1

Exact statements The Hohenberg-Kohn theorems, which are the theoretical foundation of DFT, essentially say that the ground state properties of a many-electron system are only a function of the electron density. Any quantity you want to calculate can be re-expressed in terms of the electron density $n(r)$, including the many-body ground state wavefunction, ...


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The Green function you gave above is not the Green function for an insulator, which should generically has no pole if there is no Fermi surface. The Volovik argument is a bit circular, since you know from the beginning that $p=p_{F}$ is the Fermi momentum, defining the Fermi surface. When $p\approx p_{F}$ you can infer the form of the Green function as you ...


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Band theory does not properly describe systems with strong electron-electron interactions. Specifically, the transition metal oxides you have mentioned are both examples of strongly correlated electron systems, which show all kinds of novel behavior which escapes description of band theory. In general strong interactions can induce phases such as Mott ...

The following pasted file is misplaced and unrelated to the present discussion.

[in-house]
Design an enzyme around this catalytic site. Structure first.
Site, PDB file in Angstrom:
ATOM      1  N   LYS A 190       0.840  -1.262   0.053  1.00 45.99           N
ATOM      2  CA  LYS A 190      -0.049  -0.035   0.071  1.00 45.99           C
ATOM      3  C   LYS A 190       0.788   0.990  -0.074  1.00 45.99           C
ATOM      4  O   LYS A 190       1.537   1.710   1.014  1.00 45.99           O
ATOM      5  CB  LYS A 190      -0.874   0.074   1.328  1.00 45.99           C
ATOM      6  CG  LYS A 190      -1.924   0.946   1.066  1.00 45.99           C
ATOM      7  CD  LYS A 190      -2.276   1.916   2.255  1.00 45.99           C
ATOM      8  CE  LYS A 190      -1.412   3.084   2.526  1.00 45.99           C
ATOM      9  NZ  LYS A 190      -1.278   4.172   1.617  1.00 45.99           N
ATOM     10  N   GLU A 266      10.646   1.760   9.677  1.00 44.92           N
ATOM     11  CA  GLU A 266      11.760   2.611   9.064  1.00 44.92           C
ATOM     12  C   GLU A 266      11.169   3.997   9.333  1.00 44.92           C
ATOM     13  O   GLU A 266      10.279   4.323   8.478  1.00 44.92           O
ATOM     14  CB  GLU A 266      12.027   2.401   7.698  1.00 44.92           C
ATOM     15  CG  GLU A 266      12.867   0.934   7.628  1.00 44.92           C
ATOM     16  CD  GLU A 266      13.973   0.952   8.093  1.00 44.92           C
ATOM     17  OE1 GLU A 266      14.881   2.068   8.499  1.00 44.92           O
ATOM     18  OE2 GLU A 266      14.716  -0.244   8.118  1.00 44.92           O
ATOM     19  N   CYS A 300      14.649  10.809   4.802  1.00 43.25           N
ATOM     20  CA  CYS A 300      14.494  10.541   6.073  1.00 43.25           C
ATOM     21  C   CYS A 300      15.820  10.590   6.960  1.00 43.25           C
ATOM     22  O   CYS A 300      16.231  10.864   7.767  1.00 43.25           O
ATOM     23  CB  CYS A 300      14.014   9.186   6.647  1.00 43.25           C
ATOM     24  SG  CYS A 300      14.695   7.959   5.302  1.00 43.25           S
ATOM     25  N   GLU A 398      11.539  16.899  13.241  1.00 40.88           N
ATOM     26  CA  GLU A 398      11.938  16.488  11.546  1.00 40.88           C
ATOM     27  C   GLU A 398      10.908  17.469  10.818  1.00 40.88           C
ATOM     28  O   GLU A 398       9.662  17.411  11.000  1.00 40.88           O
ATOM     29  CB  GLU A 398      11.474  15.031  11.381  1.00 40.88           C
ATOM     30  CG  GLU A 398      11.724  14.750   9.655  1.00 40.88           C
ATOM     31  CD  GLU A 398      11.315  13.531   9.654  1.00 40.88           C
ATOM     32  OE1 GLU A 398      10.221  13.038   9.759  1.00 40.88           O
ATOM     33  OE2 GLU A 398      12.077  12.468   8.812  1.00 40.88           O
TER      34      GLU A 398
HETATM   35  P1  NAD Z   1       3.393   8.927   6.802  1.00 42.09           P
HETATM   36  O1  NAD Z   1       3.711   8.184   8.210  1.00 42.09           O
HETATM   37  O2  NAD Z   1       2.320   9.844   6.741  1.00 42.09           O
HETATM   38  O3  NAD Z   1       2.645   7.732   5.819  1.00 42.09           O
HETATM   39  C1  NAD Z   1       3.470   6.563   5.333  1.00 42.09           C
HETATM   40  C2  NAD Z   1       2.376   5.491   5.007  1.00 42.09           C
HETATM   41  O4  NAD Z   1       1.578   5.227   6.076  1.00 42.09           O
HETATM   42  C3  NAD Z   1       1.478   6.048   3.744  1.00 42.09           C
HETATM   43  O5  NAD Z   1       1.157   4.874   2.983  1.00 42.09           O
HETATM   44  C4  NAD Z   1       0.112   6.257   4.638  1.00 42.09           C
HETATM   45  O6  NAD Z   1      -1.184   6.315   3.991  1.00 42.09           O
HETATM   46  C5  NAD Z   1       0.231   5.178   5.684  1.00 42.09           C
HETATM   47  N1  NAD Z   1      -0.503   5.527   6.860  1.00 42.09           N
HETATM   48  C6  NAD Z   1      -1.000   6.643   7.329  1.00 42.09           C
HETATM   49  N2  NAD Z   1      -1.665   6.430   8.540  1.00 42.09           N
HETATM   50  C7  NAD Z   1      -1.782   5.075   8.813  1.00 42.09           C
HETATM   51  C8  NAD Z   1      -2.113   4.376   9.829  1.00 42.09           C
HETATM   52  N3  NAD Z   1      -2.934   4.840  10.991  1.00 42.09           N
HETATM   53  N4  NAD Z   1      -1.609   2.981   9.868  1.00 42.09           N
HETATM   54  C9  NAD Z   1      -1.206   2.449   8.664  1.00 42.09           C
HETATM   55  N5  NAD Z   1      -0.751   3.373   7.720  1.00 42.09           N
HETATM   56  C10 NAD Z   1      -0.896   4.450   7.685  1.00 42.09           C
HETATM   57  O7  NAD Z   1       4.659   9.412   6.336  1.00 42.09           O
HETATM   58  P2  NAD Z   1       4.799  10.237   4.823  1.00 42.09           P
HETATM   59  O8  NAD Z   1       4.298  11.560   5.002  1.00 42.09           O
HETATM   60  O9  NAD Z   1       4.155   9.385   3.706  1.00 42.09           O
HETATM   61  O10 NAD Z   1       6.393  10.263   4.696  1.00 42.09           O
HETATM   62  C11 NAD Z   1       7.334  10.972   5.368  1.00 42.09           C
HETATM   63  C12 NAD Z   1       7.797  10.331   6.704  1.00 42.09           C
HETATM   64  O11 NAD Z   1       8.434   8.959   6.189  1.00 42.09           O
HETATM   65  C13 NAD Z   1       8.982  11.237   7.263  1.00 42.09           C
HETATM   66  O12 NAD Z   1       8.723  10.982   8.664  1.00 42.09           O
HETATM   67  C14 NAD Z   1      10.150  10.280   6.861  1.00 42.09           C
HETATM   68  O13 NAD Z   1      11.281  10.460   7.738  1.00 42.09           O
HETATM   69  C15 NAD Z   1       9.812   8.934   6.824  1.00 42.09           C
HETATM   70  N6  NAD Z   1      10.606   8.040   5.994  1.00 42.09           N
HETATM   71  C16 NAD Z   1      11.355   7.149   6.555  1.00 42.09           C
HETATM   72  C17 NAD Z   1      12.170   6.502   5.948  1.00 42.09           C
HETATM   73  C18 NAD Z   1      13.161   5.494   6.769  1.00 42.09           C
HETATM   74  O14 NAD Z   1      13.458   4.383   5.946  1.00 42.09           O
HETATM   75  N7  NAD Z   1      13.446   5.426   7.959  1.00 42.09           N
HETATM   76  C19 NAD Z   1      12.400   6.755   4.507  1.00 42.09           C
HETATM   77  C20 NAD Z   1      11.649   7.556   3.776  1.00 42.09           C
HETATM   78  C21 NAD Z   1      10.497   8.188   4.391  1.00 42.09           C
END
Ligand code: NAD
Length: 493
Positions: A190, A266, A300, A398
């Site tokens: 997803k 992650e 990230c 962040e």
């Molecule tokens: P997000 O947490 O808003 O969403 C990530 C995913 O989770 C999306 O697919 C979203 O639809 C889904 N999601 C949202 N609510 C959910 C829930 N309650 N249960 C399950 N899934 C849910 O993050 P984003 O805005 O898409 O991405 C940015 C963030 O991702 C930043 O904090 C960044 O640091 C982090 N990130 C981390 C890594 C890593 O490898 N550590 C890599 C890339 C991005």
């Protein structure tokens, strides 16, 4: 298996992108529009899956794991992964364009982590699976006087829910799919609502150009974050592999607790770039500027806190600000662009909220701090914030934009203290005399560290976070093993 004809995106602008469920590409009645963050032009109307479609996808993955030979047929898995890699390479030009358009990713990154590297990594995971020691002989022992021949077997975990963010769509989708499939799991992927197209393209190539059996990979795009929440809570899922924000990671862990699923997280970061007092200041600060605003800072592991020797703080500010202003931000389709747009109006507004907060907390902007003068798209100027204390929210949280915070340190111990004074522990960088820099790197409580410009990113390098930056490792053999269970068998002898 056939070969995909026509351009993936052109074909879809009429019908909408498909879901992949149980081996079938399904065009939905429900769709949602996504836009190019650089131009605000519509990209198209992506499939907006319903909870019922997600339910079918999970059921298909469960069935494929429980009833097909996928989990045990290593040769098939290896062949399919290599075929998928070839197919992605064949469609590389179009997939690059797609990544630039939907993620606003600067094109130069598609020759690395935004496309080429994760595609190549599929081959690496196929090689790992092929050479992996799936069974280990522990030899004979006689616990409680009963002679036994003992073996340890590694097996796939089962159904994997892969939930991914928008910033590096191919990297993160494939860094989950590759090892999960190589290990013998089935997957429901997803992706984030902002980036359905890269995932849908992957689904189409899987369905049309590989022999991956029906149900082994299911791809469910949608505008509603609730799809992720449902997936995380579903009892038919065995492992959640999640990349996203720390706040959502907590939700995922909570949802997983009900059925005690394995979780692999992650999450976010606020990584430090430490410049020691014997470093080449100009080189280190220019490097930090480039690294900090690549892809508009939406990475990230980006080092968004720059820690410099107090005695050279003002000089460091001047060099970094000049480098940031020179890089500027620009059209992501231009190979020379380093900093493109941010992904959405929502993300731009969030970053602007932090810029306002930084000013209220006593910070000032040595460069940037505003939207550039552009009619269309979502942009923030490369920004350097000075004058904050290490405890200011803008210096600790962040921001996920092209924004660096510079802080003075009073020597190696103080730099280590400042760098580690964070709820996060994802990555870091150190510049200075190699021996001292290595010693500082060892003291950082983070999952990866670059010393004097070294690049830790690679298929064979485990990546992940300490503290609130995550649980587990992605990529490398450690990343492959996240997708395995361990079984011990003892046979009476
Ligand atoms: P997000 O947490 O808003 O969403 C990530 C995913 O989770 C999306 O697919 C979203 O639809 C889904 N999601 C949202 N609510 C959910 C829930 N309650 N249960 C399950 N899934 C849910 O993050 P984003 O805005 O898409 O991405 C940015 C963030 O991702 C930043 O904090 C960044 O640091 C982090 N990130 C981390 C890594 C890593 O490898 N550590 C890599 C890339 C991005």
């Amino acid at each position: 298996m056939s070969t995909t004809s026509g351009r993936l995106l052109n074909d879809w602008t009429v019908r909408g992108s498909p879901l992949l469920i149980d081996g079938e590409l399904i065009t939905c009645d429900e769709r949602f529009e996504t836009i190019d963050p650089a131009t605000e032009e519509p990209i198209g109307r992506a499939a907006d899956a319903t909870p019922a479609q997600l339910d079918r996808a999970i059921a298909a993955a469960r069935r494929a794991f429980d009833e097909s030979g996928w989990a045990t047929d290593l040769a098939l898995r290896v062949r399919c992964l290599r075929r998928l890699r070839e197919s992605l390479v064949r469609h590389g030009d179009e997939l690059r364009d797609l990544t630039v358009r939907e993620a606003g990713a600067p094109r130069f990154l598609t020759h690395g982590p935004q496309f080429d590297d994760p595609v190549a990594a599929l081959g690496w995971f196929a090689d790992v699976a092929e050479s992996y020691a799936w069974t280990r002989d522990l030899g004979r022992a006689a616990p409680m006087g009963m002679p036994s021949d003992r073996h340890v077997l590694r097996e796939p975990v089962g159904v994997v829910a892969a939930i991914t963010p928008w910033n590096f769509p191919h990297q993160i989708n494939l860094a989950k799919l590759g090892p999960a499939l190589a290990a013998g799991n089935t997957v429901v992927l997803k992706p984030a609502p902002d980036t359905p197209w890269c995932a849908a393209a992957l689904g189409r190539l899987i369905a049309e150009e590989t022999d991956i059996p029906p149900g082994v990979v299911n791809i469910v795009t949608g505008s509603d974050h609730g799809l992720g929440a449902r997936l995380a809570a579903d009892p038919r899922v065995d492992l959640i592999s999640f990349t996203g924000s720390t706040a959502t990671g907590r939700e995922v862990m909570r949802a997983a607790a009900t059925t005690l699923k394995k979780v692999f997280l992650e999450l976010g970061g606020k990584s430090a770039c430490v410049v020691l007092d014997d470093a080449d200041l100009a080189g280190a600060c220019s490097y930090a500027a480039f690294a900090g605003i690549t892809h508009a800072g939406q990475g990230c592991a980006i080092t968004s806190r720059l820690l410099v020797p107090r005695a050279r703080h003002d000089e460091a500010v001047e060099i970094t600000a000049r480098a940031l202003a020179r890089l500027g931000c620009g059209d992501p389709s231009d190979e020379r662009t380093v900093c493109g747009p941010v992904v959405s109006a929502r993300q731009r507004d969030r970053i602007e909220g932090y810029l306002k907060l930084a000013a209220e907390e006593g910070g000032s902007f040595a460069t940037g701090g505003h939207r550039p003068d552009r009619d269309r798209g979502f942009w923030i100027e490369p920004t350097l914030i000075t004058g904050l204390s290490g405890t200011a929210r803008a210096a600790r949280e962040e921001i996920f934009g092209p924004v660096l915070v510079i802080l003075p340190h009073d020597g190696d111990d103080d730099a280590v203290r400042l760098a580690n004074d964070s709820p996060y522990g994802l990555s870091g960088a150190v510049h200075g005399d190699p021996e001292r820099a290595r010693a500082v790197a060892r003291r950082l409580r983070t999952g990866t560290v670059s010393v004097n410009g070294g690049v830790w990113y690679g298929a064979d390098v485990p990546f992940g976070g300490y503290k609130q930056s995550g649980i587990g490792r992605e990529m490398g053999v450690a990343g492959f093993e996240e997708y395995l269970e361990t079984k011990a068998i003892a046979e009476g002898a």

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Yes, the statement can be explicitly verified from the matrix representation of the spin operators acting on different spins. Acting on the spin-1/2 object, the spin operators read $$S^x=\left( \begin{array}{cc} 0 & \frac{1}{2} \\ \frac{1}{2} & 0 \\ \end{array} \right), S^y=\left( \begin{array}{cc} 0 & \frac{i}{2} \\ -\frac{i}{2} & 0 \\ ...


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The statement is not true. Counter example: quantum spin ice or U(1) spin liquid. In gapless spin liquid phase, the boson (spin excitations) are emergent U(1) photons in the deconfined phase, which are gapless but not condensed.


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Your statement itself is not quite right. What is not conserved is the chiral current, namely the current of fermions at one of the Weyl nodes. The physics can be understood essentially in one-dimensional version of the Weyl metal: consider a 1D electron gas. There are two Fermi points, and the low-energy theory is given by two "Weyl fermions" in 1D with ...


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You are considering a system of fermions (SC hamiltonian) and a system of bosons (weakly interacting BEC). In order for the density to be finite, fermions must have a positive chemical potential $\mu>0$. On the other hand, the chemical potential of a system of bosons is less or equal to the energy of the lowest-energy state. In a non-interacting system ...


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You have to realize that STM is a surface technique. This means that you are probing only the surface, which can be dirty or have suffered from reconstruction, or oxidation. Moreover, it will give you rather limited statistics given the relatively small areas that you can probe. On the other hand, x-rays probe the sample deeper and with better statistics. ...